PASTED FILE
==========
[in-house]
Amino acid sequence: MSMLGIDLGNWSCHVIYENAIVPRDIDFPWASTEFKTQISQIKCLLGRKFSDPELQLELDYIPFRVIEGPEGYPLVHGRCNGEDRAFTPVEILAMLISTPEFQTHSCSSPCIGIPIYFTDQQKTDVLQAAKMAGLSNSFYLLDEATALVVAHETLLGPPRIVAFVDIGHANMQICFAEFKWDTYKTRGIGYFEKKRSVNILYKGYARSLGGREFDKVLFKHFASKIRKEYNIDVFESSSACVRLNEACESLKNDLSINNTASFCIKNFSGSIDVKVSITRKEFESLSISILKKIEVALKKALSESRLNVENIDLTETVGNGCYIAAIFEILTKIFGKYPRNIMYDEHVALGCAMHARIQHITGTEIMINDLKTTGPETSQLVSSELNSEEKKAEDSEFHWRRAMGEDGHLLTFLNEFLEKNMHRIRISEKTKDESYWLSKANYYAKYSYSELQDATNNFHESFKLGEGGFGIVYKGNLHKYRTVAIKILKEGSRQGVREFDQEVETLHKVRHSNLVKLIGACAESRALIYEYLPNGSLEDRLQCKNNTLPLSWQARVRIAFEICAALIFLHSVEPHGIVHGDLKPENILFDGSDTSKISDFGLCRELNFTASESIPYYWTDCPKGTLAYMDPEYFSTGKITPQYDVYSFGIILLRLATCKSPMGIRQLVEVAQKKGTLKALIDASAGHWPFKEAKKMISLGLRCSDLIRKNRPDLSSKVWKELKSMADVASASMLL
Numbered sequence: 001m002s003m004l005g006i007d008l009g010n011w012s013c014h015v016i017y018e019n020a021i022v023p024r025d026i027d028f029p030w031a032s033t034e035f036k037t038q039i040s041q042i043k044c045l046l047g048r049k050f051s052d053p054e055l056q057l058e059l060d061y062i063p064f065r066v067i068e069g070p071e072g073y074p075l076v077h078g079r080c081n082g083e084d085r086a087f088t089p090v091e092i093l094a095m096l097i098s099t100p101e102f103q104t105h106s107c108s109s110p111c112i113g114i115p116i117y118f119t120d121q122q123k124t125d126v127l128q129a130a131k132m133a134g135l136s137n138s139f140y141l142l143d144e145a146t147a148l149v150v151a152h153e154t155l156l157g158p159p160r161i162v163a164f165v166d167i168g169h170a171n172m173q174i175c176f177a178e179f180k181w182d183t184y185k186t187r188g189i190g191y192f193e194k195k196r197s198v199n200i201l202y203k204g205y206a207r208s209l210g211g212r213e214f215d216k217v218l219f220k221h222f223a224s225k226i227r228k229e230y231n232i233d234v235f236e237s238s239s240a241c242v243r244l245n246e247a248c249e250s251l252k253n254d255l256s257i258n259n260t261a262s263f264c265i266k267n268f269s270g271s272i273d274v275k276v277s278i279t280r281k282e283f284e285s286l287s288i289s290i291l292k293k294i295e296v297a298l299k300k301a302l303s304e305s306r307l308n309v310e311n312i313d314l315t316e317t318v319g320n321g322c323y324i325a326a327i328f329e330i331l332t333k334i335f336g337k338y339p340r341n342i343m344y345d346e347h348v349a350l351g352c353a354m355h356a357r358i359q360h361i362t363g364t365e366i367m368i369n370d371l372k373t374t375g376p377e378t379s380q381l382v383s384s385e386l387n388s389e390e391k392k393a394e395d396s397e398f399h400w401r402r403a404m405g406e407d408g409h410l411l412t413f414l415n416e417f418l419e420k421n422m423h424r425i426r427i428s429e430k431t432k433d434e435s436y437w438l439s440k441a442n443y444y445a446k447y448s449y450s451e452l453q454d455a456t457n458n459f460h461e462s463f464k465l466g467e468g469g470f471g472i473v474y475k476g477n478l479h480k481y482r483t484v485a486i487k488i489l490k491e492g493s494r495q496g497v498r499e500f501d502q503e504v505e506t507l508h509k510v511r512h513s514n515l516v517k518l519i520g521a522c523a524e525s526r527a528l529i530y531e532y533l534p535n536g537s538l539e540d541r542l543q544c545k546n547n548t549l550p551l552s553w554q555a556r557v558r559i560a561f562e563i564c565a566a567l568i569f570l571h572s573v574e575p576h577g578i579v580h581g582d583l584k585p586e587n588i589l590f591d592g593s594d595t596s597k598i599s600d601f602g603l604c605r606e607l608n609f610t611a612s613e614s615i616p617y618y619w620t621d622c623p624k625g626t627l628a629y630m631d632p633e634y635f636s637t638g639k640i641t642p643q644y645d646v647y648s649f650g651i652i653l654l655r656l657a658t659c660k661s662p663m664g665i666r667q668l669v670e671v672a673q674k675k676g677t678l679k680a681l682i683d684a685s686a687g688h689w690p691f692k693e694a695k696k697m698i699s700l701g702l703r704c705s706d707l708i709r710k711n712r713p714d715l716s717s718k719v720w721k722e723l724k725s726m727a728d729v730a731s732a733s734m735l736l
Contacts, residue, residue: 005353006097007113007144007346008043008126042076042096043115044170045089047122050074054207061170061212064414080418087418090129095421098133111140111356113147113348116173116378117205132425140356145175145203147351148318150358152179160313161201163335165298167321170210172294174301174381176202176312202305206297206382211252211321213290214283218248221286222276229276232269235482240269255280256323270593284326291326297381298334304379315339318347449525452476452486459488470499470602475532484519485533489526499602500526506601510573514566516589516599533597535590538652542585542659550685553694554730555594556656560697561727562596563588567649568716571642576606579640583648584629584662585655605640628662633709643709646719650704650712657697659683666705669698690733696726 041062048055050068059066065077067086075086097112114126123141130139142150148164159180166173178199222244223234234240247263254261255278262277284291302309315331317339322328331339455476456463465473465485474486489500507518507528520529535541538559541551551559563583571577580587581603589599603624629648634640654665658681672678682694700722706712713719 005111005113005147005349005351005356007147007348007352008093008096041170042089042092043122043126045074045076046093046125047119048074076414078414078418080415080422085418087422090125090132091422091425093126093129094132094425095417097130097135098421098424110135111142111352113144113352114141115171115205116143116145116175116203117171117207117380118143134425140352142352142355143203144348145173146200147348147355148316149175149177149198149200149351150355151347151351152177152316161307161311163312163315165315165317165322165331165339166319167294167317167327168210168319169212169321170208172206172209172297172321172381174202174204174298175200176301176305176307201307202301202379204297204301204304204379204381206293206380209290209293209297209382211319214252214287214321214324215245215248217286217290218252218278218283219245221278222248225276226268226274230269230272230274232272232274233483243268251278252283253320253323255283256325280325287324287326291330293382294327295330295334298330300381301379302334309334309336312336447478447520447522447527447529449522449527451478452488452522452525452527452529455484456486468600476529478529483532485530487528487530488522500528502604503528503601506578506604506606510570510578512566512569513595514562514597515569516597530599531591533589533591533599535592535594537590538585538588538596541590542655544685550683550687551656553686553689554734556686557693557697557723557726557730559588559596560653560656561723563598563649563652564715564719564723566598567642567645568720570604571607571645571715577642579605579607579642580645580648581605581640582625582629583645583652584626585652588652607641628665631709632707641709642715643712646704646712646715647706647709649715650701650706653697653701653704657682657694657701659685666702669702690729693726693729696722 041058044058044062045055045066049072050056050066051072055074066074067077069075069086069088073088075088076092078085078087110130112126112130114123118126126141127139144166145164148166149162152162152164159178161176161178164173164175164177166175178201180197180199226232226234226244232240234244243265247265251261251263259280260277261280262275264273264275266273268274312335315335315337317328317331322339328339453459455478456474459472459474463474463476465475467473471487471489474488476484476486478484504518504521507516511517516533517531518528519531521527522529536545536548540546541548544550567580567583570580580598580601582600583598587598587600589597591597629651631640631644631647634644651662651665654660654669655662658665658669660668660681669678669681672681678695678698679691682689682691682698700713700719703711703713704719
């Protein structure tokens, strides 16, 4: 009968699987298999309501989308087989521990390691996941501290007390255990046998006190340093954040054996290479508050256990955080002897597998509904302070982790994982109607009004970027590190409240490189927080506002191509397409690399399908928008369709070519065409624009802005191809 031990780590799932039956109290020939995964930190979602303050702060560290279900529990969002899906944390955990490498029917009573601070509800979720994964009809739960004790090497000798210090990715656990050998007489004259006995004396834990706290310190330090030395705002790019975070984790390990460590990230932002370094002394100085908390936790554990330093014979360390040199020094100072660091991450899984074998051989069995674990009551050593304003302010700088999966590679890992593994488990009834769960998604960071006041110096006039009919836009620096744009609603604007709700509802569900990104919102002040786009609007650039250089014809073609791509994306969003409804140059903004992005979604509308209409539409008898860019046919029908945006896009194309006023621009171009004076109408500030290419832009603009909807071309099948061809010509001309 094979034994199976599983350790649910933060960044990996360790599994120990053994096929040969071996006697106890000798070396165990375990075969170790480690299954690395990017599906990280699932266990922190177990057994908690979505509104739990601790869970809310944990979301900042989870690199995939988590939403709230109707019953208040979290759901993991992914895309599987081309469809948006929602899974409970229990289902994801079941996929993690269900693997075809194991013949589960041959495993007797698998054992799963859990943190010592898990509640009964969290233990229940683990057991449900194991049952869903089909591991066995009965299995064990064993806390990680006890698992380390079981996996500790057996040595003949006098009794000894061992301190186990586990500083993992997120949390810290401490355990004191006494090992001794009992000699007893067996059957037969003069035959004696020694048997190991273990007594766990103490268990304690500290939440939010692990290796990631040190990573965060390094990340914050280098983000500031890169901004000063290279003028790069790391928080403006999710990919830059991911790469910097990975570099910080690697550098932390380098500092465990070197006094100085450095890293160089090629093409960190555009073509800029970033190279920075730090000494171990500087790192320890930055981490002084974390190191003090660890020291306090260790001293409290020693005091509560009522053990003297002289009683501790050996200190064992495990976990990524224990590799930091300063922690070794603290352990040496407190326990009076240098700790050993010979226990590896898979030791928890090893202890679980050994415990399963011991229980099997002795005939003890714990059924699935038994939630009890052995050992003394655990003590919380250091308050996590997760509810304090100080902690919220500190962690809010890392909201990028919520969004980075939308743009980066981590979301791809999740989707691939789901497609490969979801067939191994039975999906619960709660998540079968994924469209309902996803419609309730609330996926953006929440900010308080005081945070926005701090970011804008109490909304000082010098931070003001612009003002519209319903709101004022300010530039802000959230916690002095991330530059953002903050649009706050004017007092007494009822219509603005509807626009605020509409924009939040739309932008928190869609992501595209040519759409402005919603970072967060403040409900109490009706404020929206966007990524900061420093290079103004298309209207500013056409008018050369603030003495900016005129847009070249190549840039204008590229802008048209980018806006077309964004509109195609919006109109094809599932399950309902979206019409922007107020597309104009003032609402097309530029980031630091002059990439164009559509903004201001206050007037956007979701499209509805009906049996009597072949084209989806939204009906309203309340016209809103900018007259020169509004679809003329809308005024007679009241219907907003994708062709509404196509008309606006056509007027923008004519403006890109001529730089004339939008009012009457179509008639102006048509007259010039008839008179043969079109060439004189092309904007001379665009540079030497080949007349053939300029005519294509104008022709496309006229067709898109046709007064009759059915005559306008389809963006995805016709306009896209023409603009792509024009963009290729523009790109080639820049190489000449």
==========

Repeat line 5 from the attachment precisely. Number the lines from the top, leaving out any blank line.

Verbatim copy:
């Protein structure tokens, strides 16, 4: 009968699987298999309501989308087989521990390691996941501290007390255990046998006190340093954040054996290479508050256990955080002897597998509904302070982790994982109607009004970027590190409240490189927080506002191509397409690399399908928008369709070519065409624009802005191809 031990780590799932039956109290020939995964930190979602303050702060560290279900529990969002899906944390955990490498029917009573601070509800979720994964009809739960004790090497000798210090990715656990050998007489004259006995004396834990706290310190330090030395705002790019975070984790390990460590990230932002370094002394100085908390936790554990330093014979360390040199020094100072660091991450899984074998051989069995674990009551050593304003302010700088999966590679890992593994488990009834769960998604960071006041110096006039009919836009620096744009609603604007709700509802569900990104919102002040786009609007650039250089014809073609791509994306969003409804140059903004992005979604509308209409539409008898860019046919029908945006896009194309006023621009171009004076109408500030290419832009603009909807071309099948061809010509001309 094979034994199976599983350790649910933060960044990996360790599994120990053994096929040969071996006697106890000798070396165990375990075969170790480690299954690395990017599906990280699932266990922190177990057994908690979505509104739990601790869970809310944990979301900042989870690199995939988590939403709230109707019953208040979290759901993991992914895309599987081309469809948006929602899974409970229990289902994801079941996929993690269900693997075809194991013949589960041959495993007797698998054992799963859990943190010592898990509640009964969290233990229940683990057991449900194991049952869903089909591991066995009965299995064990064993806390990680006890698992380390079981996996500790057996040595003949006098009794000894061992301190186990586990500083993992997120949390810290401490355990004191006494090992001794009992000699007893067996059957037969003069035959004696020694048997190991273990007594766990103490268990304690500290939440939010692990290796990631040190990573965060390094990340914050280098983000500031890169901004000063290279003028790069790391928080403006999710990919830059991911790469910097990975570099910080690697550098932390380098500092465990070197006094100085450095890293160089090629093409960190555009073509800029970033190279920075730090000494171990500087790192320890930055981490002084974390190191003090660890020291306090260790001293409290020693005091509560009522053990003297002289009683501790050996200190064992495990976990990524224990590799930091300063922690070794603290352990040496407190326990009076240098700790050993010979226990590896898979030791928890090893202890679980050994415990399963011991229980099997002795005939003890714990059924699935038994939630009890052995050992003394655990003590919380250091308050996590997760509810304090100080902690919220500190962690809010890392909201990028919520969004980075939308743009980066981590979301791809999740989707691939789901497609490969979801067939191994039975999906619960709660998540079968994924469209309902996803419609309730609330996926953006929440900010308080005081945070926005701090970011804008109490909304000082010098931070003001612009003002519209319903709101004022300010530039802000959230916690002095991330530059953002903050649009706050004017007092007494009822219509603005509807626009605020509409924009939040739309932008928190869609992501595209040519759409402005919603970072967060403040409900109490009706404020929206966007990524900061420093290079103004298309209207500013056409008018050369603030003495900016005129847009070249190549840039204008590229802008048209980018806006077309964004509109195609919006109109094809599932399950309902979206019409922007107020597309104009003032609402097309530029980031630091002059990439164009559509903004201001206050007037956007979701499209509805009906049996009597072949084209989806939204009906309203309340016209809103900018007259020169509004679809003329809308005024007679009241219907907003994708062709509404196509008309606006056509007027923008004519403006890109001529730089004339939008009012009457179509008639102006048509007259010039008839008179043969079109060439004189092309904007001379665009540079030497080949007349053939300029005519294509104008022709496309006229067709898109046709007064009759059915005559306008389809963006995805016709306009896209023409603009792509024009963009290729523009790109080639820049190489000449």